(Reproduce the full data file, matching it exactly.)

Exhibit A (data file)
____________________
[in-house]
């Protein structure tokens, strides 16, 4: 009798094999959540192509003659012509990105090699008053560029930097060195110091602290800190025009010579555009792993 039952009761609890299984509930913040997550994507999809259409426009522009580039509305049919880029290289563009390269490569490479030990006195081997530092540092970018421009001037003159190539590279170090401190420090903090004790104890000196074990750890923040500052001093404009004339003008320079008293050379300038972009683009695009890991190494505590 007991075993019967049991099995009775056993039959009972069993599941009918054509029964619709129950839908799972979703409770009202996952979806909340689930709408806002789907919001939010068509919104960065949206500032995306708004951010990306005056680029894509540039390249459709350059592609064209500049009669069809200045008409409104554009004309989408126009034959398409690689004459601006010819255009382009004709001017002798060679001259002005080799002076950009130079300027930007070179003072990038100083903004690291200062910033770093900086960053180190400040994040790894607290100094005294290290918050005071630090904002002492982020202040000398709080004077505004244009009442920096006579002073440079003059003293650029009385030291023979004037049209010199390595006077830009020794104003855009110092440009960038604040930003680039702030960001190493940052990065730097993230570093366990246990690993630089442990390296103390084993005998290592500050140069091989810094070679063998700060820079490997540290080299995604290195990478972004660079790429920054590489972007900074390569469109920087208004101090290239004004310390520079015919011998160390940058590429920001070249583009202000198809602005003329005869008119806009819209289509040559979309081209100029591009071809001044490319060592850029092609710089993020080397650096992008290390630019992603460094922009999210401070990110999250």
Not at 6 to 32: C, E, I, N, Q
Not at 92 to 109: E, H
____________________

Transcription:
[in-house]
């Protein structure tokens, strides 16, 4: 009798094999959540192509003659012509990105090699008053560029930097060195110091602290800190025009010579555009792993 039952009761609890299984509930913040997550994507999809259409426009522009580039509305049919880029290289563009390269490569490479030990006195081997530092540092970018421009001037003159190539590279170090401190420090903090004790104890000196074990750890923040500052001093404009004339003008320079008293050379300038972009683009695009890991190494505590 007991075993019967049991099995009775056993039959009972069993599941009918054509029964619709129950839908799972979703409770009202996952979806909340689930709408806002789907919001939010068509919104960065949206500032995306708004951010990306005056680029894509540039390249459709350059592609064209500049009669069809200045008409409104554009004309989408126009034959398409690689004459601006010819255009382009004709001017002798060679001259002005080799002076950009130079300027930007070179003072990038100083903004690291200062910033770093900086960053180190400040994040790894607290100094005294290290918050005071630090904002002492982020202040000398709080004077505004244009009442920096006579002073440079003059003293650029009385030291023979004037049209010199390595006077830009020794104003855009110092440009960038604040930003680039702030960001190493940052990065730097993230570093366990246990690993630089442990390296103390084993005998290592500050140069091989810094070679063998700060820079490997540290080299995604290195990478972004660079790429920054590489972007900074390569469109920087208004101090290239004004310390520079015919011998160390940058590429920001070249583009202000198809602005003329005869008119806009819209289509040559979309081209100029591009071809001044490319060592850029092609710089993020080397650096992008290390630019992603460094922009999210401070990110999250």
Not at 6 to 32: C, E, I, N, Q
Not at 92 to 109: E, H